Mini-symposium title
7-6 - Structural Analysis of Real Historic Buildings
Maurizio Angelillo (University of Salerno), Santiago Huerta (Universidad Politécnica de Madrid)
Mini-symposium description

In the last decades, the study of the old technical literature and an attentive reconsideration of the old construction techniques and design rules, allowed to rediscover an almost lost code of conduct for masonry constructions. In this respect, the individual which gave the more important impulse to this rediscovering was Jaques Heyman. The main message of Heyman’s theory is that masonry structures are essentially unilateral, that classical elastic analysis is of no use for masonry structures, and that the theorems of limit analysis can be used to assess their stability.
We are well aware that a flood of research papers based on sophisticated material models, including the description of friction, brittleness, softening and damage, both at the macroscopic and microscopic scale, do exist in the current literature, but we are convinced that the conceptual model of Heyman, by removing these mechanical details from consideration, is amenable to give relatively simple analyses of real masonry structures and satisfactorily good predictions of masonry behaviour, especially for historic buildings.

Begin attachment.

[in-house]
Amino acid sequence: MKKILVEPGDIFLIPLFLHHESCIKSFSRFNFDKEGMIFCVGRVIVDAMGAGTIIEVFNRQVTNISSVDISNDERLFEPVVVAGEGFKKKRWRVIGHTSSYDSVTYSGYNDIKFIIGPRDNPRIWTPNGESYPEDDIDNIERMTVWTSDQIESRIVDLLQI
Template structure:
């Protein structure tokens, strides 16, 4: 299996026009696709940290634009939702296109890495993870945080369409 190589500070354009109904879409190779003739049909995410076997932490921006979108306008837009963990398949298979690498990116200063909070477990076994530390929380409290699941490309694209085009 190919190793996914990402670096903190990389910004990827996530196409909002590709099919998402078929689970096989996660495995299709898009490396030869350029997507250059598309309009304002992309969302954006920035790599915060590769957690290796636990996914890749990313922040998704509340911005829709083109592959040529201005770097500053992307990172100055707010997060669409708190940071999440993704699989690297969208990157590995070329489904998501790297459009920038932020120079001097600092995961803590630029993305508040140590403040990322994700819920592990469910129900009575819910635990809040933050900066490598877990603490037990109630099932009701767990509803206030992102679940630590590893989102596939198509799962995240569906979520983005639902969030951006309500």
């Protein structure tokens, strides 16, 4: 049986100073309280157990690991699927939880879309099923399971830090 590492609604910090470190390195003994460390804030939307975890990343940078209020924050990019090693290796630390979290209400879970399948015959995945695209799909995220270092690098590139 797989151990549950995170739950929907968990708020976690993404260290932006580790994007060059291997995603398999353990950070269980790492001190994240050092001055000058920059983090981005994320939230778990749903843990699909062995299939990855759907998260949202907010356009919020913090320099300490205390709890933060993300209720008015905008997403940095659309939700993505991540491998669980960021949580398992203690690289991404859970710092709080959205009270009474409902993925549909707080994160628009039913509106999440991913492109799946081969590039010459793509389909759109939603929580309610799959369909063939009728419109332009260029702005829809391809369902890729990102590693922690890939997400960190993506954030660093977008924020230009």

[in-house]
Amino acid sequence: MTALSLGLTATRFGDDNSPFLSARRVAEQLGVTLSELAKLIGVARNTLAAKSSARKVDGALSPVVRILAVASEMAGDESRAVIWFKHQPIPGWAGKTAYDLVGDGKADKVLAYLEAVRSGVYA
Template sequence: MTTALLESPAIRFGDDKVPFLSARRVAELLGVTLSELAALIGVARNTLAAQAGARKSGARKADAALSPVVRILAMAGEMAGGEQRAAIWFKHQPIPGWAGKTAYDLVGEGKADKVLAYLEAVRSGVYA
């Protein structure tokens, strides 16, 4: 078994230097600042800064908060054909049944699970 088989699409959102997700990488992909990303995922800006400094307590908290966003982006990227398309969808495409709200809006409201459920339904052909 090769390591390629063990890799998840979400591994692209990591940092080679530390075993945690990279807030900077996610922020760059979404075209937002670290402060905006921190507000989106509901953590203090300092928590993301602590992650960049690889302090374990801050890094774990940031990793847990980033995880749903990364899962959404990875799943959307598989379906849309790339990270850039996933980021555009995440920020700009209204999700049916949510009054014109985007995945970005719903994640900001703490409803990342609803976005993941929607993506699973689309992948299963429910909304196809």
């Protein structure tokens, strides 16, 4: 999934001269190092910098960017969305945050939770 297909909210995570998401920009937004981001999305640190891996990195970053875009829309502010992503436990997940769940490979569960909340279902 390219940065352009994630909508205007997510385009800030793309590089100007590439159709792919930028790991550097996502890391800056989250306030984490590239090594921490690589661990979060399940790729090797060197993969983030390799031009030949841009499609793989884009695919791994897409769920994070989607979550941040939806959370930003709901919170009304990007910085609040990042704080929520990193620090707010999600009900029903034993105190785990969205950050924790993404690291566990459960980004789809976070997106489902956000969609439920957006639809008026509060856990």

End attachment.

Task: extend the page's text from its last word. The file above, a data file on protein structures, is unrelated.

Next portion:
As a matter of fact in the last twenty years we have assisted to the growth and the success of four main developments of Heyman’s theory: the thrust network analysis, for the assessment of the equilibrium of vaults; the use of the safe and kinematic theorems of Limit Analysis to assess the safety of complex historic structures, with applications to structures composed, or idealized as composed, by macro-blocks; the study of the effect of settlements and the prediction of fracture patterns; the extension of the macro-block analysis from statics to dynamics, by generalizing the pioneering idea of Housner from the single block to complex kinematic chains.
In this mini-symposium we wish to gather people working on these subjects together with researchers more inclined to the history of construction.